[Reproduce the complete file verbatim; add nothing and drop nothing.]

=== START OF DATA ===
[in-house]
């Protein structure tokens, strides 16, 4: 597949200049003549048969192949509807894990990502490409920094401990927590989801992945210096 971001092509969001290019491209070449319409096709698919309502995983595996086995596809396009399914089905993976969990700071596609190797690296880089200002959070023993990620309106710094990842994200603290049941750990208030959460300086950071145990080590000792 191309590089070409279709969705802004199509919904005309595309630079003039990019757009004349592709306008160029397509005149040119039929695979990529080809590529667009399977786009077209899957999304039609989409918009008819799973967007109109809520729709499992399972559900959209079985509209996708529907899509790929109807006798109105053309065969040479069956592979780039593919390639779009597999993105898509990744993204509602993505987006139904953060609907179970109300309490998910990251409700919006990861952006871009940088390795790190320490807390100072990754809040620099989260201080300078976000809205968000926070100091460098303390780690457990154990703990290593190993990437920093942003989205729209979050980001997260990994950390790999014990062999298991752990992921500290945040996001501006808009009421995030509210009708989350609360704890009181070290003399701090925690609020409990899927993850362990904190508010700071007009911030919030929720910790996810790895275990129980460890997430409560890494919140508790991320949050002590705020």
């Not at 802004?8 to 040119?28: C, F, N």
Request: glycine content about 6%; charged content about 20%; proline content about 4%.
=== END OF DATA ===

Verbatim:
[in-house]
């Protein structure tokens, strides 16, 4: 597949200049003549048969192949509807894990990502490409920094401990927590989801992945210096 971001092509969001290019491209070449319409096709698919309502995983595996086995596809396009399914089905993976969990700071596609190797690296880089200002959070023993990620309106710094990842994200603290049941750990208030959460300086950071145990080590000792 191309590089070409279709969705802004199509919904005309595309630079003039990019757009004349592709306008160029397509005149040119039929695979990529080809590529667009399977786009077209899957999304039609989409918009008819799973967007109109809520729709499992399972559900959209079985509209996708529907899509790929109807006798109105053309065969040479069956592979780039593919390639779009597999993105898509990744993204509602993505987006139904953060609907179970109300309490998910990251409700919006990861952006871009940088390795790190320490807390100072990754809040620099989260201080300078976000809205968000926070100091460098303390780690457990154990703990290593190993990437920093942003989205729209979050980001997260990994950390790999014990062999298991752990992921500290945040996001501006808009009421995030509210009708989350609360704890009181070290003399701090925690609020409990899927993850362990904190508010700071007009911030919030929720910790996810790895275990129980460890997430409560890494919140508790991320949050002590705020």
């Not at 802004?8 to 040119?28: C, F, N």
Request: glycine content about 6%; charged content about 20%; proline content about 4%.